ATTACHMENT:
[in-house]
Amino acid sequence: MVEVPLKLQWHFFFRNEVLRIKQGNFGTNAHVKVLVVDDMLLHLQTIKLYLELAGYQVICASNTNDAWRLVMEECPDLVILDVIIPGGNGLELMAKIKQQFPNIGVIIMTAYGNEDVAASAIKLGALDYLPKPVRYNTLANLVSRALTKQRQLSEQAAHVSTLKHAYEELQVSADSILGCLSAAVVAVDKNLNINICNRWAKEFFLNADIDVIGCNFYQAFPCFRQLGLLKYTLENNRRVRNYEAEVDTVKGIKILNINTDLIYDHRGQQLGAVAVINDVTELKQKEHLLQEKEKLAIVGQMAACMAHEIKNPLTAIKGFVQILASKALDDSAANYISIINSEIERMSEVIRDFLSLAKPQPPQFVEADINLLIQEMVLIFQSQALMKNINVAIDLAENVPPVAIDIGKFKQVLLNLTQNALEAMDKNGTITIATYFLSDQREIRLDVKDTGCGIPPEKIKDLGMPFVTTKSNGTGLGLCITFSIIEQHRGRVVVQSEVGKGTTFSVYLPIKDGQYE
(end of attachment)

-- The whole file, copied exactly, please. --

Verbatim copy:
[in-house]
Amino acid sequence: MVEVPLKLQWHFFFRNEVLRIKQGNFGTNAHVKVLVVDDMLLHLQTIKLYLELAGYQVICASNTNDAWRLVMEECPDLVILDVIIPGGNGLELMAKIKQQFPNIGVIIMTAYGNEDVAASAIKLGALDYLPKPVRYNTLANLVSRALTKQRQLSEQAAHVSTLKHAYEELQVSADSILGCLSAAVVAVDKNLNINICNRWAKEFFLNADIDVIGCNFYQAFPCFRQLGLLKYTLENNRRVRNYEAEVDTVKGIKILNINTDLIYDHRGQQLGAVAVINDVTELKQKEHLLQEKEKLAIVGQMAACMAHEIKNPLTAIKGFVQILASKALDDSAANYISIINSEIERMSEVIRDFLSLAKPQPPQFVEADINLLIQEMVLIFQSQALMKNINVAIDLAENVPPVAIDIGKFKQVLLNLTQNALEAMDKNGTITIATYFLSDQREIRLDVKDTGCGIPPEKIKDLGMPFVTTKSNGTGLGLCITFSIIEQHRGRVVVQSEVGKGTTFSVYLPIKDGQYE